NHL attendance recordEdit

The teams' first regular season meeting came on October 9, 1993. That proved to be historic for two reasons, as 27,227 onlookers witnessed the Panthers earn their first ever win, 2–0, at the cavernous ThunderDome. That attendance mark remains the NHL record for a regular season game not played as part of the NHL Stadium Series, NHL Winter Classic or NHL Heritage Classic.[7]

ResultsEdit

The winner of the season series is determined by the total number of points earned between the two teams in head-to-head matchups. Two points are awarded for a win, one point is awarded for losing in overtime or a shootout, and no points are awarded for a loss in regulation. Scores of games won by the series winning team are in bold. Prior to the 1999–2000 NHL season teams were not awarded a point for a loss in overtime and matches that ended in a tie resulted in each team earning one point in the standings. Only thrice in the rivalry has a team swept the season series. Florida did so in 1998–99, while Tampa Bay achieved it in 2013–14 and again in 2018–19.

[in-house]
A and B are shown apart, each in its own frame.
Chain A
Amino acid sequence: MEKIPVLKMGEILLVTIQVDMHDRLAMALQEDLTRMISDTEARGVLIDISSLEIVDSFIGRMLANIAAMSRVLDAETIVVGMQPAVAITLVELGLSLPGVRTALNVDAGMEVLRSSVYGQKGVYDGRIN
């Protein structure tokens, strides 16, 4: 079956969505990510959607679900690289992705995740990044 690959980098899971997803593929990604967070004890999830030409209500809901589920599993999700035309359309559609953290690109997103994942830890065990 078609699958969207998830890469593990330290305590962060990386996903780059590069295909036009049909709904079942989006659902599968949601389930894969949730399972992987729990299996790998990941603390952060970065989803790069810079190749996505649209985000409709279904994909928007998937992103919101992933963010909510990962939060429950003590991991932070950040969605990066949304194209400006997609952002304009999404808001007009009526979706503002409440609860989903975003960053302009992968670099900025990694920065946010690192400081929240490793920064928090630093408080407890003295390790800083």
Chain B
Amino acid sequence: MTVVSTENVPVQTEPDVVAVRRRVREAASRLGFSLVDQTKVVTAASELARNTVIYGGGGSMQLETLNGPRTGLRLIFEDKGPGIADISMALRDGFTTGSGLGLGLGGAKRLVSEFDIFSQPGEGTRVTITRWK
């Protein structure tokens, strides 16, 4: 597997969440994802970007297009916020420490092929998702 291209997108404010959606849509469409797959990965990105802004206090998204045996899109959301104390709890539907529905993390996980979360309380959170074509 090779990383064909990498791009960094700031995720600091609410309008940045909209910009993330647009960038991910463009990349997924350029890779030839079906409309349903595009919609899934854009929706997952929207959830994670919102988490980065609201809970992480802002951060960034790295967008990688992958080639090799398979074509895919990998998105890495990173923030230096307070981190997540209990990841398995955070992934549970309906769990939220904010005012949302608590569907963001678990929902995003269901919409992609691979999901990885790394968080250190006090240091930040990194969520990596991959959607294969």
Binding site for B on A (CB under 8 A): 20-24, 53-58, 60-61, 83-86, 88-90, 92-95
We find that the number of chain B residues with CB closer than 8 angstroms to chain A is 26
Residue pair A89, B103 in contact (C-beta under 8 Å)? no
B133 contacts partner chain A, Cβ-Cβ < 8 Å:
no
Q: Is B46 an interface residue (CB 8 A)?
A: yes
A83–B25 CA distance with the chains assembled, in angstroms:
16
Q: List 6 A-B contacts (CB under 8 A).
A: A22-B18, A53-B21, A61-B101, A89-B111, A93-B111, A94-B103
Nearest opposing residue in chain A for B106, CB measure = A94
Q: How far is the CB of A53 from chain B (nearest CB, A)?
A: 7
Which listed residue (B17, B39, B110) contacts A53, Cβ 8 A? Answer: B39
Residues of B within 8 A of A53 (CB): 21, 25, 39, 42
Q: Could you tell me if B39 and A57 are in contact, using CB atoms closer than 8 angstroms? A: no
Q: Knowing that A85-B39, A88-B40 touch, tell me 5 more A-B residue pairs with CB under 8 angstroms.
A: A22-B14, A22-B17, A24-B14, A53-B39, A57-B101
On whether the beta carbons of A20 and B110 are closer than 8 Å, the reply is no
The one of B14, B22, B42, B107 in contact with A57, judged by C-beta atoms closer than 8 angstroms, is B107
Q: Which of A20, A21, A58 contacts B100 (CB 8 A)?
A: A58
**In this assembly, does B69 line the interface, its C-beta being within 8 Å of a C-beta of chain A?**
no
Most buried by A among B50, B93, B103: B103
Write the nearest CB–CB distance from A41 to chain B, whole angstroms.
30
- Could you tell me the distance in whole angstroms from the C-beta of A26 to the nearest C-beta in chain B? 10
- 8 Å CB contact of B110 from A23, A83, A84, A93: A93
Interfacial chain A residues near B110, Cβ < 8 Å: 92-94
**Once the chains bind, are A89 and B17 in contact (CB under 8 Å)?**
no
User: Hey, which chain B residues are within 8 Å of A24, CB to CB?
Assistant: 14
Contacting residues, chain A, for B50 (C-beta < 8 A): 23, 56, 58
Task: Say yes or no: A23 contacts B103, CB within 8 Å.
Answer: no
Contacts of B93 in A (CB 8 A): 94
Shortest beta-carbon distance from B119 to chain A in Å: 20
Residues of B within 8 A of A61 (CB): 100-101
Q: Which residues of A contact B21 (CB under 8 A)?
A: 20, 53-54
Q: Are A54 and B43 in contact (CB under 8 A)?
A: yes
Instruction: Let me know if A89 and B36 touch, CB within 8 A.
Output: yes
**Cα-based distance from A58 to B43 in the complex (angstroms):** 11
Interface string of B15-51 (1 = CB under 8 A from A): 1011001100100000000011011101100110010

As of the 2018–19 season the Panthers hold an edge of 13–11–1 in terms of series wins. Tampa Bay has won the season series four times in a row on two occasions, and the Panthers have done so once.

Season Winner (points) Game 1 Game 2 Game 3 Game 4 Game 5 Game 6 Game 7 Game 8
1993–94 Florida Panthers (8–2) 2–0 3–3 (OT) 2–1(OT) 3–1 1–1 (OT)